Birds of a Feather is another fave labels with Frockers around the world (yep, we even sent some to Estonia) and this season the delivery was so late I'd forgotten what was going to be in it. But it was like Christmas in, um, winter, when we unpacked it all last week - very ladylike and so very very pretty, it's hard to pick favourites but the No Place Like Home Dress ($89.95) looks as gorgeous in person as it does on Jess our gorgeous model; and the Clicking Heels sweater ($89.95) quickly found it's way to my wardrobe. Actually it dodn't even make it that far cos I am wearing it today - it's simple but has cute hot pink stitching around the neckline, a little detail that made it a standout piece! The City Lights Top ($89.95) also has hot pink detailing, in the form of a waist sash, and is covered in little white polka dots - SO CUTE!!

GRAB has a legion of fans, not only in love with their denim but their fashion-conscious pieces that are, thankfully, not ripped off the catwalk (unlike most high-street labels). They have a team of in-house designers which keep their ranges fresh and unique. AND their knitwear is AWESOME! In a recent wardrobe survey, I discovered I really have quite alot of it, so you know it must be good. I jest, I jest! It is though. So good, in fact, that you'd be hard pressed and possibly senile to go past the Peter Pan Jacquard Cardi ($99.95) which we featured in our catalogue and which can be worn as a dress or oversize cardi. The sample here swims on poor little Jess, but in person it is absolutely gorgeous. The Zipper Knit Dress ($69.95) is another winter no-brainer - just throw it on with tights! My other weekend fave is the Collared Long Cardi ($89.95) which is perfect for that casual-chic look and it's also toasty warm without being heavy. Score! (Rosie wears it here with the One Teaspoon Eagle Eye Silk top [$99.95]).

That's probably enough waffling from me, for now *muhahaha*. Yeah, definitely time for a cuppa...

PS - if you're a Frocker, til Friday you can get 20% off everything! If you're not, sign up now to get the code!

Tuesday, June 16, 2009

Taste - no need to be a Masterchef

I am far too cynical to enjoy most reality TV, but Masterchef holds a scintillating charm - you have to admire people that can take a zucchini and an anchovy and turn it into a 3-course gastronomical delight. The judges aren't ridiculously critical and watching people cook delicious concotions makes entertaining telly without the need to resort to stories about perverts with erections (yes I'm talkin' about you, All Saints**). My brother in law would've been a serious contender for MC but he lives in Canada - a few Christmases ago, he put together the tastiest lunch in our little Edinburgh flat (yeah, he gets around) which was no mean feat considering all we had in the cupboard was rice, tinned peaches and Strepsils. Anyway, whether you are into cooking or not, you've probably seen or visited , an online recipe resource combining recipes from several good food publications (including my current economic-hardship/domestic goddess mag of choice, Super Food Ideas . It's less than $3 and just makes you want to buy a pretty apron and bake all weekend!).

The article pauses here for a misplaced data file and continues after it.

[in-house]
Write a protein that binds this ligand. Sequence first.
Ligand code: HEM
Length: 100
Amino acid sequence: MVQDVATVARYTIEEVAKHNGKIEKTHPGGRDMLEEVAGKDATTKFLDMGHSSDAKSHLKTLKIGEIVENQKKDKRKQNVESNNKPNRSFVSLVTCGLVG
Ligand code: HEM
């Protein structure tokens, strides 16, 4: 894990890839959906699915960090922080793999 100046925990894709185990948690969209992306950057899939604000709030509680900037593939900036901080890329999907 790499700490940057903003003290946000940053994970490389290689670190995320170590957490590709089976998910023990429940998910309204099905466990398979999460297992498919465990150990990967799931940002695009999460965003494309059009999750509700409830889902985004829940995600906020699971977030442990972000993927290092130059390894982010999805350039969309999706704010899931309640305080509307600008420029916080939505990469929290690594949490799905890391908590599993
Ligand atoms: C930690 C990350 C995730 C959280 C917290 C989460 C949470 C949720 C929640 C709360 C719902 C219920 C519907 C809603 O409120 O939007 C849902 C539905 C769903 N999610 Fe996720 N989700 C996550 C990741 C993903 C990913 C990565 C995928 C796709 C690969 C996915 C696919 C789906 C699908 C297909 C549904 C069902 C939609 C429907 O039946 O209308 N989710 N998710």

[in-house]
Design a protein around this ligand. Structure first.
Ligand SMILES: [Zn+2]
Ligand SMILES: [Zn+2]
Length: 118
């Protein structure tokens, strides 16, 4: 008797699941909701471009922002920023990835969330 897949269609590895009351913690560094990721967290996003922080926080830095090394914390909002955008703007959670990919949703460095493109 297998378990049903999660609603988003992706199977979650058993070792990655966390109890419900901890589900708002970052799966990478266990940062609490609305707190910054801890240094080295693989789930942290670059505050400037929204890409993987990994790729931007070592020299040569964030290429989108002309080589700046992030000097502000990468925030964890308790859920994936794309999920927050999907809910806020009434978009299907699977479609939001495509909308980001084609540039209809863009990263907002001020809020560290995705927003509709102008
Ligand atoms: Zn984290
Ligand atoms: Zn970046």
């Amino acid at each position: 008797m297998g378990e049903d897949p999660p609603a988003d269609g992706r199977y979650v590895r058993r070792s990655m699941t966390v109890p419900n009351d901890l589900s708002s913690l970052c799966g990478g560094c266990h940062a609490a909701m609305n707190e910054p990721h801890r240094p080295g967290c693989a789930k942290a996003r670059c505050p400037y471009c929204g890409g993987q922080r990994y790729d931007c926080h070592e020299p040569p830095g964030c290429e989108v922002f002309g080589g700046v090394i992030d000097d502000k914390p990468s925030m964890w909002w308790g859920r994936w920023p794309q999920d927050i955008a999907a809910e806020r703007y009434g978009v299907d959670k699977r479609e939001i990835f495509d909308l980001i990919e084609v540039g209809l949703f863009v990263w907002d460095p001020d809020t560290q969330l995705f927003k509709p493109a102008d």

So, thanks to my new arsenal of cookery instruction, the past few weeks have seen truckloads of gourmet dishes gracing our dinner table. Some, like the roasted lemon chicken (above)have been a massive hit; others, like tonight's Cous Cous Tabouli Salad, almost got me voted out. Actually the salad was tasty, I just mucked up the cous cous (yes it is possible!) and it ended up, erm, mushy. Ew.

When you're cooking for a fussy 28 year old and a 3 year old who's favourite foods are broccoli and peanut butter (not together, as far as I know), many of the recipes here are fantastic for finding healthy, fast, affordable meals that get vegies/protein/other healthy things into them and have little waste. The recipe below is another winner courtesy of Taste and you can make enough for leftovers the night after, which quite frankly is of high importance to most of us - as much as cooking and nutrition are important, who wants to do it at the end of every day?! Enjoy...!

Ingredients (serves 4)
1 x Basic roast chicken ingredients (see related recipe)
400g dried tortiglioni or rigatoni pasta
1 tablespoon olive oil
2 garlic cloves, crushed
1 small red onion, finely chopped
500g jar tomato pasta sauce
2 cups grated mozzarella cheese
100g baby spinach leaves


Follow steps 1 to 3 of Basic roast chicken recipe. Remove skin and meat from chicken. Discard skin and bones. Roughly chop flesh.

Preheat oven to 180°C. Cook pasta in a large saucepan of boiling salted water, following packet directions, until just tender. Drain. Return to saucepan.